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Michigan State's Defense vs Nebraska's Offense: Spartans Not As Dangerous As They Look?

Michigan State's defense hasn't faced an offense this season as efficient or explosive as Nebraska's. Considering what they've played against, are they really that scary?

William Gholston, great defensive end, cheap shot artist.
William Gholston, great defensive end, cheap shot artist.

Much has been made of Michigan State's defense this season, yet when you look at the opponents they've played so far, you can quickly conclude that they haven't faced a team like Nebraska.

I'm not going to get into heavy statistics. I keep thinking it'd be sweet to have someone doing that here at Corn Nation, but I wonder sometimes if we try to make what is a relatively simple game of blocking and tackling into something more complex that it needs to be.

The table is very simple. It's a list of Michigan State's 2012 opponents and their national ranking in various statistics. The statistics aren't taking into account Nebraska's tendency to turn the ball over, or shoot themselves in the foot with penalties, but only pertain to Nebraska's offense versus Michigan State's defense.

Opponent Total Offense Scoring Offense Rushing Offense Passing Offense YPG Passing Efficiency 3rd Down Conv % Long Plays 20+ Yrds
Boise State 77 62 58 79 64 19 97
Central Michigan 73 72 83 51 56 85 62
Notre Dame 69 76 33 97 83 47 42
Eastern Michigan 103 98 78 103 100 123 52
Ohio State 45 21 10 105 58 38 31
Indiana 37 33 73 27 54 88 78
Iowa 104 107 87 100 118 87 106
Michigan 82 63 27 111 110 23 62
Wisconsin 95 80 44 107 50 109 42
Nebraska 15 18 7 72 17 43 7

Some Additional Notes About The Spartan Defense:

- The Spartans have only given up three rushing touchdowns all season.

- They've only given up seven passing touchdowns all season, three of those versus Indiana.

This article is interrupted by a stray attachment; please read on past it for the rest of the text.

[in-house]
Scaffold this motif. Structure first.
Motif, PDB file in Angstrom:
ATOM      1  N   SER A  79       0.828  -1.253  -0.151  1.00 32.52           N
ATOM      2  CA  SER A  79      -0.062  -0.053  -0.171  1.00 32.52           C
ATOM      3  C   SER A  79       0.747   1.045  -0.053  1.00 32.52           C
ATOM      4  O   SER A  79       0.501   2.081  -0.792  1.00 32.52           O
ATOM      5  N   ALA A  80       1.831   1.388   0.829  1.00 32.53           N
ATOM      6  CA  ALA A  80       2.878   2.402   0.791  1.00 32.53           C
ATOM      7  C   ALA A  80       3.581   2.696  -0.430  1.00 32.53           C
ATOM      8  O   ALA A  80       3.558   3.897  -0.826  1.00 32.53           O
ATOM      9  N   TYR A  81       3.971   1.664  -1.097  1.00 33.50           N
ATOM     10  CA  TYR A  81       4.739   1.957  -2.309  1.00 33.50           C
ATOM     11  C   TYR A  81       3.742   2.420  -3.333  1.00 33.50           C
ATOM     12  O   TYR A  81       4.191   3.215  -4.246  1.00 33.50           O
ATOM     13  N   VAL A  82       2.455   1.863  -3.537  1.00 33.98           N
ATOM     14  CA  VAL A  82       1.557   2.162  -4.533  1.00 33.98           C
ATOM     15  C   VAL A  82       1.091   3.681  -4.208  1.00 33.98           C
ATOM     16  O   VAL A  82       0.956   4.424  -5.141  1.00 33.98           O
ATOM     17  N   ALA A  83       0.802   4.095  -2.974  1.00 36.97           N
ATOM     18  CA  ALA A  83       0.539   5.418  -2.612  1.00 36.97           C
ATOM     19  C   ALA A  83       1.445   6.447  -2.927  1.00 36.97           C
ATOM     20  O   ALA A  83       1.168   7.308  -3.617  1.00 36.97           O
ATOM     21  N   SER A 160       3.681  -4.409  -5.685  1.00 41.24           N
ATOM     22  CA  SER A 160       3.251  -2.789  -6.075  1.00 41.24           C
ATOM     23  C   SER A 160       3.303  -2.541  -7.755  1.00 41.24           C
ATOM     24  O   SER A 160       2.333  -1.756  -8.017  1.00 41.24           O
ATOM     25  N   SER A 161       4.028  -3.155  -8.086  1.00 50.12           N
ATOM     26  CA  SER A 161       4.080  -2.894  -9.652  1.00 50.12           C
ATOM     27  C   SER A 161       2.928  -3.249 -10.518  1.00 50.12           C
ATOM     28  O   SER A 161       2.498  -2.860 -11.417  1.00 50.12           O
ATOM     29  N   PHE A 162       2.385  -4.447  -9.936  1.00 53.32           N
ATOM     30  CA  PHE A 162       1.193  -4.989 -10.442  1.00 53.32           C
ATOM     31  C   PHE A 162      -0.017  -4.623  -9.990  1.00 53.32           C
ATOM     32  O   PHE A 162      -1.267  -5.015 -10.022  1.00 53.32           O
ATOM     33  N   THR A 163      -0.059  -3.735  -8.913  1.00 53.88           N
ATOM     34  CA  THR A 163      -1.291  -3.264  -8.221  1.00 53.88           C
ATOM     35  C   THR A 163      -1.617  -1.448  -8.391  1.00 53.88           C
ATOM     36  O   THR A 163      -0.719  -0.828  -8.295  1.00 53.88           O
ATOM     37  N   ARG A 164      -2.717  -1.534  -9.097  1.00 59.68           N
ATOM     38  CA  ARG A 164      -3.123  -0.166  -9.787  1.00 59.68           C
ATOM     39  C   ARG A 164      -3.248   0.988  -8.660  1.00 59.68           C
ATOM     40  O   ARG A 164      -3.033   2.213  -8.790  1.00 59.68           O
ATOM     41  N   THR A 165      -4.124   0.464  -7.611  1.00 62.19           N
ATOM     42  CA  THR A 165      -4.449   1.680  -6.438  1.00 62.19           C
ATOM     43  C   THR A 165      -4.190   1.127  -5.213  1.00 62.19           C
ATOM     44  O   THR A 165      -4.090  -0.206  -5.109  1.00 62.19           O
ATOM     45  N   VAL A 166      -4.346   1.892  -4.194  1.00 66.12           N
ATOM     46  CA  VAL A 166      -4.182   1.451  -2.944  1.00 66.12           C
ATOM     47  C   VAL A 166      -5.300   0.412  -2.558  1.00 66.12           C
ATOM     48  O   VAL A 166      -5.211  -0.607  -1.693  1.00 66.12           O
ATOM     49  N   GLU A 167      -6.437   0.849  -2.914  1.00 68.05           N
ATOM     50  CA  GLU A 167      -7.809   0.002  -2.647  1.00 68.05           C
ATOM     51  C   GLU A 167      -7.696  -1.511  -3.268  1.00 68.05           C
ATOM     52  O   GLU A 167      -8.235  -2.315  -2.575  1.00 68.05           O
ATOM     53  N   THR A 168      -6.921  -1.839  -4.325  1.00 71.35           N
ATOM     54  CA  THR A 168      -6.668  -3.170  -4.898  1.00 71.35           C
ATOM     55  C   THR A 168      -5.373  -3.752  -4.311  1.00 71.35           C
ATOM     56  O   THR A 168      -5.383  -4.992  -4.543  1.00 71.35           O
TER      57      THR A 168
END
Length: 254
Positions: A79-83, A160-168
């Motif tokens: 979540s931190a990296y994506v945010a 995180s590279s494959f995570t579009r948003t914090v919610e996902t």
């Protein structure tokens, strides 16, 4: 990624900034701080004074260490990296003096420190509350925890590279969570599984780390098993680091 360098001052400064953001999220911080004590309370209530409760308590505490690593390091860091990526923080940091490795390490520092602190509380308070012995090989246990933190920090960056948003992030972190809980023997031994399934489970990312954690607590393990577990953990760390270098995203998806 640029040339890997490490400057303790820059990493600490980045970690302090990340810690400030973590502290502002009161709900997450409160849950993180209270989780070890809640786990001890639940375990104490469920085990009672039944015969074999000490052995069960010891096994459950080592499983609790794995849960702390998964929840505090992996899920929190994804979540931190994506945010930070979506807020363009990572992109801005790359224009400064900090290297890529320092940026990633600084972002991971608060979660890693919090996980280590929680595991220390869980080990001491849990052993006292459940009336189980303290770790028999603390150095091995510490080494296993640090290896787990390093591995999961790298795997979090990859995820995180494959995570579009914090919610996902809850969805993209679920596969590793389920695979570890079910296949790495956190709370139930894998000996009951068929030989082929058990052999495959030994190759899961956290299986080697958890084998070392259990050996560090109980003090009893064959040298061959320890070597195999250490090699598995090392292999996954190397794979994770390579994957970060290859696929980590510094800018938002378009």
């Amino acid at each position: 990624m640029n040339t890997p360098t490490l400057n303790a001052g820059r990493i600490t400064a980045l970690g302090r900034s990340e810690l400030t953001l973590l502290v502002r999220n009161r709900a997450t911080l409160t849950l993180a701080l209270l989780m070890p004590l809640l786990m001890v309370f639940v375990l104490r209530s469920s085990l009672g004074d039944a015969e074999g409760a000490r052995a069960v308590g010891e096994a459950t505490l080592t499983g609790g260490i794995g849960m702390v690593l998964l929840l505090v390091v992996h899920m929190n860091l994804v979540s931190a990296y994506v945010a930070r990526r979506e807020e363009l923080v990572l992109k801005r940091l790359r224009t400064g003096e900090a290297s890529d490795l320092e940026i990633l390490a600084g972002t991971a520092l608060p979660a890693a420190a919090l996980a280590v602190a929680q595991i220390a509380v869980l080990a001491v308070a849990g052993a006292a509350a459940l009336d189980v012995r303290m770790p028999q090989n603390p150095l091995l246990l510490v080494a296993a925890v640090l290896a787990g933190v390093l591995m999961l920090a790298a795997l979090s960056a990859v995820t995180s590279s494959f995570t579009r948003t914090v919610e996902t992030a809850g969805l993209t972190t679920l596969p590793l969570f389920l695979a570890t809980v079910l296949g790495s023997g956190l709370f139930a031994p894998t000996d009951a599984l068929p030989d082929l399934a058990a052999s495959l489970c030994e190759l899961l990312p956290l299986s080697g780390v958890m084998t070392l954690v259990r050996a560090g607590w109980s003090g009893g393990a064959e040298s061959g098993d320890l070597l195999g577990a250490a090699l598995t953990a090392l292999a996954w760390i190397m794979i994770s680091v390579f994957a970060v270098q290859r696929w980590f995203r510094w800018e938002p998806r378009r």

- Michigan State leads the Big Ten in three defensive stats - total defense, rushing defense, and scoring defense. They are fourth in passing defense.

- The Hoosiers are the only team to throw over 200 yards against them (282), while Ohio State is the only team to rush for over 200 yards (204, 136 for Braxton Miller).

- Four teams have averaged over 3.5 yards per rushing attempt against Michigan State; Notre Dame (3.59), Ohio State (4.64), Iowa (3.62), and Michigan (5.09). Three of those games were Michigan State losses.

There are some easy takeaways:

- Michigan State has only played two offenses ranked in the top half of the nation in total offense, Ohio State and Indiana. They lost to Ohio State 17-16 and beat Indiana 31-27.

- They've played against some pretty bad passing teams, five of which are ranked below 100th nationally (nearly six in Notre Dame).

- Nebraska's pass offense gives them an edge over everyone else Michigan State has see this season.

- No one on Michigan State's schedule is close to Nebraska's explosive play abilities. The Huskers have had 51 plays of 20+ yards. Kenny Bell accounts for 10 of those plays.


- Nebraska doesn't need to be dominant in the running game, just pick up decent yardage (four yards per carry would be good) and eliminate negative plays.

- The only part of this game that is truly terrifying is William Gholston against Taylor Martinez. Husker fans would do well to remember Gholston's suspension last season for punching Michigan tackle Taylor Lewan, and his twisting of Denard Robinson's neck during a tackle. If Michigan State wanted to win this game, they'd take Martinez out of it. Given Mark Dantonio's willingness to tolerate such cheap shots, I don't put such actions past them.